The animalist says we are animals. This thesis is commonly understood as the universal generalization that all human persons are human animals. This article proposes an alternative: the thesis is a generic that admits of exceptions. We defend the resulting view, which we call ‘generic animalism’, and show its aptitude for diagnosing the limits of eight case-based objections to animalism.
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  6. Hedged testimony.Peter van Elswyk - 2023 - Noûs 57 (2):341-369.
    Speakers offer testimony. They also hedge. This essay offers an account of how hedging makes a difference to testimony. Two components of testimony are considered: how testimony warrants a hearer's attitude, and how testimony changes a speaker's responsibilities. Starting with a norm-based approach to testimony where hearer's beliefs are prima facie warranted because of social norms and speakers acquire responsibility from these same norms, I argue that hedging alters both components simultaneously. It changes which attitudes a hearer is prima facie (...)
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  7. Humean laws and circular explanation.Michael Townsen Hicks & Peter van Elswyk - 2015 - Philosophical Studies 172 (2):433-443.
    Humeans are often accused of accounting for natural laws in such a way that the fundamental entities that are supposed to explain the laws circle back and explain themselves. Loewer (2012) contends this is only the appearance of circularity. When it comes to the laws of nature, the Humean posits two kinds of explanation: metaphysical and scientific. The circle is then cut because the kind of explanation the laws provide for the fundamental entities is distinct from the kind of explanation (...)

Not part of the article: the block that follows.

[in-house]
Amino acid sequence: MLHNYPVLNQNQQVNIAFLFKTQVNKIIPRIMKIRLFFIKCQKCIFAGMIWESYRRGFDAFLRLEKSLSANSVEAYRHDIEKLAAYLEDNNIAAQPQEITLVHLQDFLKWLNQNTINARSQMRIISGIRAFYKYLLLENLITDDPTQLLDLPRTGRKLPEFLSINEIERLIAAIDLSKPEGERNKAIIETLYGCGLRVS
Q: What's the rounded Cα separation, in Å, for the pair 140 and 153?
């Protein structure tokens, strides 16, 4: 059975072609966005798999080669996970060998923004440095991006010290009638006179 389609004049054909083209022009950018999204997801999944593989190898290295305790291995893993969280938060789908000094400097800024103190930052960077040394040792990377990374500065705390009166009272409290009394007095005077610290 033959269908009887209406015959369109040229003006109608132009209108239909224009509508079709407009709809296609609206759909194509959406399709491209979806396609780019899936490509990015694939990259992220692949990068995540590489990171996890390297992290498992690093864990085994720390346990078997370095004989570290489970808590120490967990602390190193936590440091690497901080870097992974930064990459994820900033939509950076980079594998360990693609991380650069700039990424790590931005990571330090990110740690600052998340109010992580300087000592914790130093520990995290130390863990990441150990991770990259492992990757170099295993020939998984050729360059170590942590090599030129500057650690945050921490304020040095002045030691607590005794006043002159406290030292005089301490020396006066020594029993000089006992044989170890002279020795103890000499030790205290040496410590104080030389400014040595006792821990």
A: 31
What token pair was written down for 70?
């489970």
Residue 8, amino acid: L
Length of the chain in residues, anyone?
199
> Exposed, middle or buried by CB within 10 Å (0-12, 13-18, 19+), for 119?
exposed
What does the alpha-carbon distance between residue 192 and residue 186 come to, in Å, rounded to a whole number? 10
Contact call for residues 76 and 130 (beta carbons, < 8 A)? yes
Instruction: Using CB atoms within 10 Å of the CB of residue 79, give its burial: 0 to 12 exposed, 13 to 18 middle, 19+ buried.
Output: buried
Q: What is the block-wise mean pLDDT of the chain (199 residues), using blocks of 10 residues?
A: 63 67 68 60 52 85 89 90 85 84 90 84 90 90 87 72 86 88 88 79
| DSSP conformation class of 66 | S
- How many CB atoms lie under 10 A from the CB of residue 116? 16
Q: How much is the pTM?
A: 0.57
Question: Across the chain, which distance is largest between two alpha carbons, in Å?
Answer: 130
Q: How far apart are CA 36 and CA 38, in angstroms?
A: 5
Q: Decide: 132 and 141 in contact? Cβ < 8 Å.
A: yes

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  8. The linguistic basis for propositions.Peter van Elswyk - 2022 - In Chris Tillman & Adam Murray (eds.), The Routledge Handbook of Propositions. Routledge. pp. 57-78.
    Propositions are traditionally regarded as performing vital roles in theories of natural language, logic, and cognition. This chapter offers an opinionated survey of recent literature to assess whether they are still needed to perform three linguistic roles: be the meaning of a declarative sentence in a context, be what is designated by certain linguistic expressions, and be the content of illocutionary acts. After considering many of the relevant choice-points, I suggest that there remains a linguistic basis for propositions, but not (...)
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  9. Deceiving without answering.Peter van Elswyk - 2019 - Philosophical Studies 177 (5):1157-1173.
    Lying is standardly distinguished from misleading according to how a disbelieved proposition is conveyed. To lie, a speaker uses a sentence to say a proposition she does not believe. A speaker merely misleads by using a sentence to somehow convey but not say a disbelieved proposition. Front-and-center to the lying/misleading distinction is a conception of what-is-said by a sentence in a context. Stokke (2016, 2018) has recently argued that the standard account of lying/misleading is explanatorily inadequate unless paired with a (...)